Thirdly, God must remain somewhat hidden in order to preserve people’s freedom. Were he to reveal himself fully, the freedom of choice (without which humanity is less than human) would disappear. That’s why C. S. Lewis pondered “whether people who ask God to interfere openly and directly in our world quite realize what it will be like when He does.” When he does, freedom of choice will end and the reality of what people have chosen will become apparent.
Another, and related, reason for God’s self-restraint is that he is giving people the opportunity to change their minds about him. The Bible calls this change of mind “repentance.” So St. Peter states, “He is patient with you, not wanting anyone to perish, but everyone to come to repentance.” St. Paul agrees: “God’s kindness leads you toward repentance.” This change of mind is far more than a belief that God exists. It is the realization that he is right and I am not; that he is good and that the life he offers is the best thing going.
If God seems hidden, it is not really because he is shy but because he is loving – fiercely, thrillingly, astonishingly loving. Lewis again: “You must have often wondered why [God] does not make more use of His power to be sensibly present to human souls in any degree He chooses and at any moment. But you now see that the Irresistible and the Indisputable are the two weapons which the very nature of His scheme forbids Him to use. Merely to override a human will (as His felt presence in any but the faintest and most mitigated degree would certainly do) would be for Him useless. He cannot ravish. He can only woo … the creatures are to be one with Him, but yet themselves; merely to cancel them, or assimilate them, will not serve.”
When my friends are sick, when my children are threatened, when things are spinning out of control, I want God to rethink and override this policy. I want him to come out of the shadows and show himself. I would undo all the long work of redemption to have things my way. But I know better. I know that he is good, not only when he comes out of the shadows but when, for love of us, he does not.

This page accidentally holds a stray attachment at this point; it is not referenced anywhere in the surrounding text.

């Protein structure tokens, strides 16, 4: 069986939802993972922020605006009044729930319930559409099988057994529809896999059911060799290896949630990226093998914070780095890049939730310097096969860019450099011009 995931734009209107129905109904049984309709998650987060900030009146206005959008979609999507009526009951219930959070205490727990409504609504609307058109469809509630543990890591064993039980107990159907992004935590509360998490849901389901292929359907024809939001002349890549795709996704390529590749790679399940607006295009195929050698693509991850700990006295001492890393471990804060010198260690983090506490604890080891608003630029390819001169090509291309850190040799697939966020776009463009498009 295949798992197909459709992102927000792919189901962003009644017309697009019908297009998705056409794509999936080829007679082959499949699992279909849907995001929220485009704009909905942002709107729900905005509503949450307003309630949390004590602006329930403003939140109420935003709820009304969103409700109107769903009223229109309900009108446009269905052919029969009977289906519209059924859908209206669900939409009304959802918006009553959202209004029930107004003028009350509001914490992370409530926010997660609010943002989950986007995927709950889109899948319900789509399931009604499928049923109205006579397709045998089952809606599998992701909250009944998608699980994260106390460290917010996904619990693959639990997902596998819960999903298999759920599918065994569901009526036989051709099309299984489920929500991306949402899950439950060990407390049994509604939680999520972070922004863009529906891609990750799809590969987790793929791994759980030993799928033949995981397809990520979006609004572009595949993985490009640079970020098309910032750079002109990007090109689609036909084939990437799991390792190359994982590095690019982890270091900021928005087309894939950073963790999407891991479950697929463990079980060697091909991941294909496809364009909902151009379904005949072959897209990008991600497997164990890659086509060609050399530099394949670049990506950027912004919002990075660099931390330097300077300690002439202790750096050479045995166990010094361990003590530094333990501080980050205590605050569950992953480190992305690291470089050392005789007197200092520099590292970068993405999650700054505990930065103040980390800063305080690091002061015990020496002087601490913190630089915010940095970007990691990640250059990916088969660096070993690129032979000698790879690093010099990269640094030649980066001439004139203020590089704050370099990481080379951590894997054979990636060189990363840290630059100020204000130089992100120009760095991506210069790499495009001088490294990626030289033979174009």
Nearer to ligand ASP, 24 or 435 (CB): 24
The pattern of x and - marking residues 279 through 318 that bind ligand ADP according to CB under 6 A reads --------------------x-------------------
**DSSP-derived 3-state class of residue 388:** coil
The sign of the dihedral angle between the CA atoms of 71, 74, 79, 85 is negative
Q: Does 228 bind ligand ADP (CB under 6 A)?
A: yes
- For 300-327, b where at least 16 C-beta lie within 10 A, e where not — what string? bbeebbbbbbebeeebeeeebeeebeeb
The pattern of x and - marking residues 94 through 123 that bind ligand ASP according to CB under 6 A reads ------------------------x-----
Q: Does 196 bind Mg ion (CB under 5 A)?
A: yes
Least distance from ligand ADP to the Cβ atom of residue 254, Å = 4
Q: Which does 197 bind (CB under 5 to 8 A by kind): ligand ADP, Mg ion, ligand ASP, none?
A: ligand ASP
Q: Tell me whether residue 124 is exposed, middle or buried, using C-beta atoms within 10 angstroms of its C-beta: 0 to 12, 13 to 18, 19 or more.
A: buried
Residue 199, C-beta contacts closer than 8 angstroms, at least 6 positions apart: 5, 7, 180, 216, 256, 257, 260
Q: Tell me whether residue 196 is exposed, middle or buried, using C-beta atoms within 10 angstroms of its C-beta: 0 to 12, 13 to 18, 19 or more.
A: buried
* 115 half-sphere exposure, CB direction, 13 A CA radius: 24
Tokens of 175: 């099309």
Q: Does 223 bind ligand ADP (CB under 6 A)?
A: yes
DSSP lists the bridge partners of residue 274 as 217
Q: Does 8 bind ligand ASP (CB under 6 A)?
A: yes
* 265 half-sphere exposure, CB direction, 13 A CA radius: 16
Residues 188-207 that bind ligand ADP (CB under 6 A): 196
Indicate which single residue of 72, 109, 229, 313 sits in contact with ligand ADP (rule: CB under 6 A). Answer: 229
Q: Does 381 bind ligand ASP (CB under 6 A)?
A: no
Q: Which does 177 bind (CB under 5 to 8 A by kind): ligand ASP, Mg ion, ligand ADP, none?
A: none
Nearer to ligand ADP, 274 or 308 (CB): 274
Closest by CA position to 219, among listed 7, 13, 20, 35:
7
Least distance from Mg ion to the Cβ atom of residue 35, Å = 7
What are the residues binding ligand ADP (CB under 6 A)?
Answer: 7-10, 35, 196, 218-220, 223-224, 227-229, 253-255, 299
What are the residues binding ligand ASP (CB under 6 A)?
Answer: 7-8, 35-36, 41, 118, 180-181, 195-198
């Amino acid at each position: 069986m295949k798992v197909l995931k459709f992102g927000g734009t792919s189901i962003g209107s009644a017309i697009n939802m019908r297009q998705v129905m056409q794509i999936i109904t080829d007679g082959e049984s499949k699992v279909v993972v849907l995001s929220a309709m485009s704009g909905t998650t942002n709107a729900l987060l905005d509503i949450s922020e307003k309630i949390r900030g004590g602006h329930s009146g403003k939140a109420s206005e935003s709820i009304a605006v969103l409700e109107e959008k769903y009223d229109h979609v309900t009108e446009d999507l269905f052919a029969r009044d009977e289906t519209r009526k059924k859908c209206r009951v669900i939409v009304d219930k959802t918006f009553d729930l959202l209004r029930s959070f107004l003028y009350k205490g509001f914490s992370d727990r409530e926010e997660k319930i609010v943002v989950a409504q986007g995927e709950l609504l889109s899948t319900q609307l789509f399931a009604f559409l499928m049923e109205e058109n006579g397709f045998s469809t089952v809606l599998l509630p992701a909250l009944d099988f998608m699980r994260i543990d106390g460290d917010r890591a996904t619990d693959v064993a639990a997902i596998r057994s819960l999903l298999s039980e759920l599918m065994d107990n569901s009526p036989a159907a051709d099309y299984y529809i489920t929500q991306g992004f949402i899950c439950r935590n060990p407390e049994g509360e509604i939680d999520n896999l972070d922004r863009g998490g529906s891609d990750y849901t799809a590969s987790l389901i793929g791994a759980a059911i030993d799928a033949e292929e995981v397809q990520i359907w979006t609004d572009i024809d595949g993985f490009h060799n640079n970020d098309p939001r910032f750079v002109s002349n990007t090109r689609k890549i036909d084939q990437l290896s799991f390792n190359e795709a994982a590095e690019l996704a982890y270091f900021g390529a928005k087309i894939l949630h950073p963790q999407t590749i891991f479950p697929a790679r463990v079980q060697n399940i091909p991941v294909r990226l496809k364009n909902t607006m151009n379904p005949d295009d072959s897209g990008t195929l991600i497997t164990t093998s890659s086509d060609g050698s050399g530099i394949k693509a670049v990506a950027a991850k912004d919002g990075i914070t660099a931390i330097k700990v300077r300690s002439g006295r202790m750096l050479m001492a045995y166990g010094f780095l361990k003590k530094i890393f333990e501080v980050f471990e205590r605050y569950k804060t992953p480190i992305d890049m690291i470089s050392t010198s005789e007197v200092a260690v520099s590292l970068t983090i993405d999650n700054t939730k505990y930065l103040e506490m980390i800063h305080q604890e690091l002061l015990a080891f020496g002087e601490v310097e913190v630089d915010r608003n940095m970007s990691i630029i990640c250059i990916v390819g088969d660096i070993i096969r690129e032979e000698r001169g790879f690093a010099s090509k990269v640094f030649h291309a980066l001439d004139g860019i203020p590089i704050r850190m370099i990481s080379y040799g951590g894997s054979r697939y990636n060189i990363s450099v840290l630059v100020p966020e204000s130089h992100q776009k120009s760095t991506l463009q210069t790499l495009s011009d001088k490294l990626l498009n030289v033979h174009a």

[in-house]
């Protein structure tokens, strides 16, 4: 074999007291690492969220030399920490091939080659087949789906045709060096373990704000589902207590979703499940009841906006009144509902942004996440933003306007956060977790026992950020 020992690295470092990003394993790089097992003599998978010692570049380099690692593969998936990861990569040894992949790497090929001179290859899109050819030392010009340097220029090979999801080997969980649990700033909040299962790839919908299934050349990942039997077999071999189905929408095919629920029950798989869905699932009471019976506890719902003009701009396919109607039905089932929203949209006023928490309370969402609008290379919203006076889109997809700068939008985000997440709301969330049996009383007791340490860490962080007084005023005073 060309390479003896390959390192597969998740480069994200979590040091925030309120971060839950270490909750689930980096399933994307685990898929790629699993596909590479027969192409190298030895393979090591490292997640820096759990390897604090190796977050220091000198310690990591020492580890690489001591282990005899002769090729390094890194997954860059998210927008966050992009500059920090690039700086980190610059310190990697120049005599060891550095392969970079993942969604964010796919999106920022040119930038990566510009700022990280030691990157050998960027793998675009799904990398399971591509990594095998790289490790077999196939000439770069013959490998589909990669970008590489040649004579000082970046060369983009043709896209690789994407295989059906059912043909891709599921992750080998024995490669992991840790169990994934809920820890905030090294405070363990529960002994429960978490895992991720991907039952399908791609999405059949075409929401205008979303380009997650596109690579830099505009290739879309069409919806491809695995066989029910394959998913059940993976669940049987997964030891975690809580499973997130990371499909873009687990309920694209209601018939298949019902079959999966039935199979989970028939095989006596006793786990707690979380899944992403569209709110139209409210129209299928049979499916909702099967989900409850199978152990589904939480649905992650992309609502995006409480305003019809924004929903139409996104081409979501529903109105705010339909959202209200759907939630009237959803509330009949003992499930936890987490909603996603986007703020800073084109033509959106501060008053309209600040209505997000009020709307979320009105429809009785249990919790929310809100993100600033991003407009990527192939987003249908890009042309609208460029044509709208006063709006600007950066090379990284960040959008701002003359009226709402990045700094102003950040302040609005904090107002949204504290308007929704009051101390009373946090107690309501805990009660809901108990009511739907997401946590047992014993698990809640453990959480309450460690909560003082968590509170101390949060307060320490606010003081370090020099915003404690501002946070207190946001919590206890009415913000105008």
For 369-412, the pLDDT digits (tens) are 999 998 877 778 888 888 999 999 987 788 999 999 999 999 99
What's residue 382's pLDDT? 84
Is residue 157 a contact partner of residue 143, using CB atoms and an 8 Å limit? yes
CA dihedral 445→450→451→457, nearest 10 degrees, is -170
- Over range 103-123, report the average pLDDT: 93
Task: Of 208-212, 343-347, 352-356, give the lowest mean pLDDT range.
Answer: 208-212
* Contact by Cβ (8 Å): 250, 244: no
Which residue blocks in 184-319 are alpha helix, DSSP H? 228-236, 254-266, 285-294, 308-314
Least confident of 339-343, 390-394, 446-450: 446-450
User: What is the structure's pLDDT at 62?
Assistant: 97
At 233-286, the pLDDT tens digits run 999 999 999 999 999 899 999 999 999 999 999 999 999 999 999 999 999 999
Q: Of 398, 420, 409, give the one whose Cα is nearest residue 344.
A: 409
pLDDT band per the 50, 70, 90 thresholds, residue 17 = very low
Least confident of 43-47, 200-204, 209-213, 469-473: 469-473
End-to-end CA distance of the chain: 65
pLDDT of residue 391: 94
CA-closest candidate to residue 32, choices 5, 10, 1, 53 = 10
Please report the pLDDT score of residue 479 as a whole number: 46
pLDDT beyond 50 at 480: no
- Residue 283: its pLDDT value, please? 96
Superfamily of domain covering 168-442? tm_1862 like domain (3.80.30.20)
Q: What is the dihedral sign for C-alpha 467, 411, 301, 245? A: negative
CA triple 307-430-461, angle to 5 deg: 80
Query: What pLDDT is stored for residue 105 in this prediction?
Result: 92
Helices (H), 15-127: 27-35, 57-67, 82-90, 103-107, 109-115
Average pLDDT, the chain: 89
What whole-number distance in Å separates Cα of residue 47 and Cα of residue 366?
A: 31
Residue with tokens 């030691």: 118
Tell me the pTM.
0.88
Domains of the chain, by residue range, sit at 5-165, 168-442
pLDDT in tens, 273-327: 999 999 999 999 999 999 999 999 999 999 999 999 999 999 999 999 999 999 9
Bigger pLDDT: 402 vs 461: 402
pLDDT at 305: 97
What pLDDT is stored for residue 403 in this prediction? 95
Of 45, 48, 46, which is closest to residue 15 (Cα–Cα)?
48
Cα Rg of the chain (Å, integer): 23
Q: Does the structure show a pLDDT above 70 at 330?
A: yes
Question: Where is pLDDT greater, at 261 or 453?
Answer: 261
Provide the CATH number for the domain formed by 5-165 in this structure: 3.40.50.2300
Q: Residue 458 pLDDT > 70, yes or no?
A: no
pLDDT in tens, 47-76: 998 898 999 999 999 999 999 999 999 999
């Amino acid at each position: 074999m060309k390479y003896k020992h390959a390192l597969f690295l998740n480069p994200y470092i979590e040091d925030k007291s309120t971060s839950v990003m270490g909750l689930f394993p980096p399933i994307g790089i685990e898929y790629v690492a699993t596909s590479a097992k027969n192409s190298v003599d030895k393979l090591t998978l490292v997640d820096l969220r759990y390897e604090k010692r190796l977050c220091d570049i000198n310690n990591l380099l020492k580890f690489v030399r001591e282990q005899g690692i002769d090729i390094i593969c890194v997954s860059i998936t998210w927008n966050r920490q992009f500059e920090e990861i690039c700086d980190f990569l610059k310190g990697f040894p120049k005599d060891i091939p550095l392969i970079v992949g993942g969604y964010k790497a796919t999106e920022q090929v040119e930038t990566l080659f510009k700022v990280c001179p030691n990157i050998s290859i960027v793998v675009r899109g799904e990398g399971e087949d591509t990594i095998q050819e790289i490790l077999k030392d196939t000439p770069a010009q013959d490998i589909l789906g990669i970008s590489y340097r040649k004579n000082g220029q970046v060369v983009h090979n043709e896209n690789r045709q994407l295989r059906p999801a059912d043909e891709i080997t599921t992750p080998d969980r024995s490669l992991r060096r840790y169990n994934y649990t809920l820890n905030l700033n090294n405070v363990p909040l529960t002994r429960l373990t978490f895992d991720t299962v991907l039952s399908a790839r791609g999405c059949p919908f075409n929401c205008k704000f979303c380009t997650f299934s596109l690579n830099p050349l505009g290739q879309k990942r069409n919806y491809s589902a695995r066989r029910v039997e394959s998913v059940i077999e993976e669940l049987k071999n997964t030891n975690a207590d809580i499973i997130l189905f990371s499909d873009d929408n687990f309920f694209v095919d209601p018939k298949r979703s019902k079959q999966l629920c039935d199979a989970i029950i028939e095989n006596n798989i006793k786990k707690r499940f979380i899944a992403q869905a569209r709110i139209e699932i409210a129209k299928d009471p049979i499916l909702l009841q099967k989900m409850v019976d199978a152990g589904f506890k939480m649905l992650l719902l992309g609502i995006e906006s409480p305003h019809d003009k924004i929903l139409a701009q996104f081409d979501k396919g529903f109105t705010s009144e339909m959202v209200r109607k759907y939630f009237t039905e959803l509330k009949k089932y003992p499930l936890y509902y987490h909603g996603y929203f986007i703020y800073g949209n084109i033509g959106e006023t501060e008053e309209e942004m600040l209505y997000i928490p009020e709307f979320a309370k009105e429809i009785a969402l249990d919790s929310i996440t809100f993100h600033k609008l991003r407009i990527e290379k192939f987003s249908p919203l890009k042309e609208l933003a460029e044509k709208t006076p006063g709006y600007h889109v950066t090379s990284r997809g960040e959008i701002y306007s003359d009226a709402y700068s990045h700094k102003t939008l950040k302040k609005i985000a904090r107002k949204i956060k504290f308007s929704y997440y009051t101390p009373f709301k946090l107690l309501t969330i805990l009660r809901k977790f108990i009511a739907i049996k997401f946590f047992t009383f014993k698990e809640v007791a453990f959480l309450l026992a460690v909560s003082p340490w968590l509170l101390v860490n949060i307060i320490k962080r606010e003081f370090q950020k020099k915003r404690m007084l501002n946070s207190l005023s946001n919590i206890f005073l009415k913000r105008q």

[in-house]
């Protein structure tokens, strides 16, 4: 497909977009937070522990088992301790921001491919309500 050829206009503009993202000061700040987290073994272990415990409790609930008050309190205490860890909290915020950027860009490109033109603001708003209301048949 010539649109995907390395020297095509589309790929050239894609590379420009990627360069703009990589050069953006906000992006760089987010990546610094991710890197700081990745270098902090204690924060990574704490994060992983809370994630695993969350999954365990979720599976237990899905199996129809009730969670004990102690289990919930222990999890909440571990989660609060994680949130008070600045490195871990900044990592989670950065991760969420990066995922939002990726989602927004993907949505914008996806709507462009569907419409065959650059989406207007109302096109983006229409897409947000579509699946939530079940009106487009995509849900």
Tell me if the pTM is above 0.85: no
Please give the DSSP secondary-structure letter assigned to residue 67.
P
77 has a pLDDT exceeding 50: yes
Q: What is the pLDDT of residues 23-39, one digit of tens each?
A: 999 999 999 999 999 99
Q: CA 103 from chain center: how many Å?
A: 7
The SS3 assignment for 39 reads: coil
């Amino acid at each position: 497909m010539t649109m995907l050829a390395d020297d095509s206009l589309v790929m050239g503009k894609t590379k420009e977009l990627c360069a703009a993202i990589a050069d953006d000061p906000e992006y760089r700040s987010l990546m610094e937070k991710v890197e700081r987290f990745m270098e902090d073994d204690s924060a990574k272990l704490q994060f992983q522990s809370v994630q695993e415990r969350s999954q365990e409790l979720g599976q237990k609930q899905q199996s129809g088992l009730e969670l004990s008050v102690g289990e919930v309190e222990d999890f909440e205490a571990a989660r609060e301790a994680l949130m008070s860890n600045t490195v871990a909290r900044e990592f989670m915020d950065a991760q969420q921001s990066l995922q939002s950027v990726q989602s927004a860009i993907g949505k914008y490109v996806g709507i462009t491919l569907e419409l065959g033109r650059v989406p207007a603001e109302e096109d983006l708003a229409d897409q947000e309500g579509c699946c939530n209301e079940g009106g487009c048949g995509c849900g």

One more thing should be said. We think that God is hiding, and perhaps he is. But there is another way to look at it. Perhaps we are the ones hidden away, not him; hidden in a place where we cannot, for the moment, see him. Perhaps we are even hidden there for our protection, the way a joey is hidden in the mother kangaroo’s pouch or, better, yet, the way a fetus is hidden in her mother’s womb.
Earth is a womb. This is our gestation period. In the womb we cannot see our Father, though we sometimes hear his reassuring voice. It is here that we have the opportunity to receive the life we need to thrive in the larger world of heaven and to develop into the kind of beings that can live there. Our time here is preparing for that startling moment when we will see the Father face to face.
No one who is delivered into that larger world will complain about their time in this one, any more than a healthy, happy child complains that his mother’s womb was too dark and crowded. In the larger world, sorrows will be forgotten, tears will be wiped away and mortality swallowed up in life. All God’s children – and he has so many in the womb of mother earth – will experience “joy inexpressible that is full of glory.”
He knows this is so, and he waits. He understands what to do for us and how to rescue us. Though things can get pretty painful and scary in this womb called earth, the Father is not afraid. He sees the joys that await us, joys that we cannot now imagine, and he is glad.
First published in The Coldwater Daily Reporter, 1/18/14